I was surprised by what the hon. Member for Battersea (Mr. Dubs) said. In effect, he said that the amendments are important because the problem with the Bill is that people will have no opportunity to have their wrongs redressed. The whole point of the Bill is that, for the first time, people will have an opportunity to have their wrongs redressed. In those circumstances, I invite the hon. Gentleman to withdraw his amendment.

Although I accept that the commissioner is not the right body to consider the matters that the hon. Member for Battersea (Mr. Dubs) has mentioned, what is the status of the tribunal? I accept that the role of the commissioner is to review the carrying out of the Secretary of State's duties in the granting of warrants, but it must be highly likely that the tribunal will find during its inquiries that unlawful interception has taken place. I am not clear what is to happen if the tribunal, on receiving a complaint from a member of the public who believes that his mail or telephone has been intercepted, finds that there is prima facie evidence of interception for which no warrant has been granted. Should the matter be referred to the police? What is the tribunal expected to do? Is there not a lacuna and should the tribunal be required to refer such matters to the Director of Public Prosecutions?

The tribunal is under no duty to report such matters to the police, but it will act as any other body or individual would act. There is no reason to suppose that a tribunal would fail in its clear duty. It would have exactly the same duty as any other citizen who learnt that a criminal offence had been committed. These matters were discussed yesterday when my right hon. and learned Friend was unable to be here.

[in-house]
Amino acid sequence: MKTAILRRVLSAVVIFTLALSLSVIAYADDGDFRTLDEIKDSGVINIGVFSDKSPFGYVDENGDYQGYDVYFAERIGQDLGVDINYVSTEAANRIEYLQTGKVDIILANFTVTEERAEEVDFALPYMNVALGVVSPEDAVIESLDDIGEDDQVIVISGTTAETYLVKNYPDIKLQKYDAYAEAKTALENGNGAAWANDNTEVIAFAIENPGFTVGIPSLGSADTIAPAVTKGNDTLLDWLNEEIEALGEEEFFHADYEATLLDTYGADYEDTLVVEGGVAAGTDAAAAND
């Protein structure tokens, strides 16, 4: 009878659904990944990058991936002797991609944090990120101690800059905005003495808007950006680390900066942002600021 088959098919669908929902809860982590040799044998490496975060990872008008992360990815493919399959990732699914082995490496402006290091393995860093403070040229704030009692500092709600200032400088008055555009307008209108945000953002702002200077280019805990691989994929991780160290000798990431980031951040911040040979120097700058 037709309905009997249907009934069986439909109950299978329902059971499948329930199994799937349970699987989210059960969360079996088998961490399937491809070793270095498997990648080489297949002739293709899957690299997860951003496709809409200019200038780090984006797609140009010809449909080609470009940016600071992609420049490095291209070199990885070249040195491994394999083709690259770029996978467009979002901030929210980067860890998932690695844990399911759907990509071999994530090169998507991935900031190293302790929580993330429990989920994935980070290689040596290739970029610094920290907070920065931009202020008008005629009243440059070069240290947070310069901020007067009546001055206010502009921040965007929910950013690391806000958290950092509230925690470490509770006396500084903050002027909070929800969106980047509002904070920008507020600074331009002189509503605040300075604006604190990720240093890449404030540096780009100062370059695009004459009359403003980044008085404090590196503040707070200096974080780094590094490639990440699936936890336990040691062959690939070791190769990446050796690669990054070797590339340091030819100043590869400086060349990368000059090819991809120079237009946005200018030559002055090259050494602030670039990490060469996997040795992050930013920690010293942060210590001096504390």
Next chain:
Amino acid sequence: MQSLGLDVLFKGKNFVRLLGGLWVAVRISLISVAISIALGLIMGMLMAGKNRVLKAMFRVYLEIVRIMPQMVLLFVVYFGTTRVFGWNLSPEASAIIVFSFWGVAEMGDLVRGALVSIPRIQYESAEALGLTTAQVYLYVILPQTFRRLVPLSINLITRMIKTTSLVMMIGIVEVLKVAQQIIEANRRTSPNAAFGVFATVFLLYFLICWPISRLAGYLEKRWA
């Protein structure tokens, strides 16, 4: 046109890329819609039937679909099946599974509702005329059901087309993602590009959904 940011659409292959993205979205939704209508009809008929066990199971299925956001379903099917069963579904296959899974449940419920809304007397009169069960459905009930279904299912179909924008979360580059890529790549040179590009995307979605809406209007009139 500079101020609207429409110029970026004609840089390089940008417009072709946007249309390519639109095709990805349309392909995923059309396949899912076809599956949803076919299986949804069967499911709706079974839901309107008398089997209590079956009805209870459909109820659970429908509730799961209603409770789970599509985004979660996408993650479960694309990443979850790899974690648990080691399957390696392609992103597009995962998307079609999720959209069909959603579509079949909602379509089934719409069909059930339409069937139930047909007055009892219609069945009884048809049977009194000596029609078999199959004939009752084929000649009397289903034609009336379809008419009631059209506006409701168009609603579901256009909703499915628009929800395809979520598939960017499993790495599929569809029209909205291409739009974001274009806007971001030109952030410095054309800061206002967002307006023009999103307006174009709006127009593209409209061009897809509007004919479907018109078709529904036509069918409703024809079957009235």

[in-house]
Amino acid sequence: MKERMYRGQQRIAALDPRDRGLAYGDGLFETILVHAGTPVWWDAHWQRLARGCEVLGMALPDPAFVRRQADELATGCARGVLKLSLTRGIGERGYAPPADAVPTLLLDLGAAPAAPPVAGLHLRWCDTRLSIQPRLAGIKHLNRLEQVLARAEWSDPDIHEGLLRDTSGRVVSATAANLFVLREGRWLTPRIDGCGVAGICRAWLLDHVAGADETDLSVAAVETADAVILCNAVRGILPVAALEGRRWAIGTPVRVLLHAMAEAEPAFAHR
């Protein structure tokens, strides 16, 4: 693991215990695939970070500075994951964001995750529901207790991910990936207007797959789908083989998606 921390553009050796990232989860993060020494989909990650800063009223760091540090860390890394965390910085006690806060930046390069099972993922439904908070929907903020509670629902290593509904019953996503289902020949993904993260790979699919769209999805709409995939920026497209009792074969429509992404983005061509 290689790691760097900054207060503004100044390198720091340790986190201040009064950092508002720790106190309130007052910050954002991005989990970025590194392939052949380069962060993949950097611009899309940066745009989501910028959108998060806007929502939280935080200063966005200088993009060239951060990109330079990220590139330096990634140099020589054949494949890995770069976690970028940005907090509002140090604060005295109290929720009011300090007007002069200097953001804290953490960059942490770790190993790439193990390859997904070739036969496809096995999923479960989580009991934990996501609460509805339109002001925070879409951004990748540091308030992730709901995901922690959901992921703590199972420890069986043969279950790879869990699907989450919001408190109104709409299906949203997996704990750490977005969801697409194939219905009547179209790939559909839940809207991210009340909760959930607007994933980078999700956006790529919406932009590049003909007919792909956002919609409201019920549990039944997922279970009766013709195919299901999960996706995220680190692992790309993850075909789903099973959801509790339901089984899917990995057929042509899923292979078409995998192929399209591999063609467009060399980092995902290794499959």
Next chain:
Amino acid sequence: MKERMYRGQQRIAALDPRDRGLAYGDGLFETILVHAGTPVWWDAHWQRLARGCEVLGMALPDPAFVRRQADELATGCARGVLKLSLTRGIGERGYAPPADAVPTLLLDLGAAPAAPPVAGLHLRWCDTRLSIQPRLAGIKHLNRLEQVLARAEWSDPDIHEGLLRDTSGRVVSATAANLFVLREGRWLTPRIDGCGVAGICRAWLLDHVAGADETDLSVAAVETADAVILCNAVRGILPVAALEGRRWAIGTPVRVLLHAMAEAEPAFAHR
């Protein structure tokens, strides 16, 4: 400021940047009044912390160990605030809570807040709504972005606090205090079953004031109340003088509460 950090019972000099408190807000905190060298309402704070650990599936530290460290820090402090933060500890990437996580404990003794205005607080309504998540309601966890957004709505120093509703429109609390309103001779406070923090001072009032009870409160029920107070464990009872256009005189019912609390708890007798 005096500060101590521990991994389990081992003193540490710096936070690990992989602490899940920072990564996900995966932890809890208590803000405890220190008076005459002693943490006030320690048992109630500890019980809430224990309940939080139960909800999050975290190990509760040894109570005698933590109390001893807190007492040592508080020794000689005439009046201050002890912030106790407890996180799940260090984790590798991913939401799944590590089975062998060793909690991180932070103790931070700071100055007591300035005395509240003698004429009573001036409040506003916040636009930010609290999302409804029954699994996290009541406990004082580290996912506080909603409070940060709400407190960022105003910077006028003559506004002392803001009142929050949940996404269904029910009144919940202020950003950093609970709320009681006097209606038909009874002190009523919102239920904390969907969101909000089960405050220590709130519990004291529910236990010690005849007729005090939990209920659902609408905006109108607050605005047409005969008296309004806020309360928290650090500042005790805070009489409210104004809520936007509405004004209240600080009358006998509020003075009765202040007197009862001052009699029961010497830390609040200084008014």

8.15 pm

I accept that our amendments should also apply to the tribunal. I have listened carefully to the Minister but do not believe that he has answered the main doubt.

I understood him to say that if, during an investigation, the commissioner comes across breaches of the law, he is expected to report the matter to the police. The Minister did not say why the commissioner should not be allowed to investigate prima facie when there have been allegations of the law being broken. I take the analogy of the Lord Bridge inquiry. He was asked to examine something which was defined pretty narrowly and he did not look further into whether some of the allegations in the film on MI5 were accurate. The Minister seemed to say that it is all right if the commissioner stumbles on something, in which case he will report it, but that he should not be empowered to set out to discover whether such things have happened. If the Minister is saying that such matters should be left to the tribunal, he must answer more fully how it will operate in circumstances such as I have described.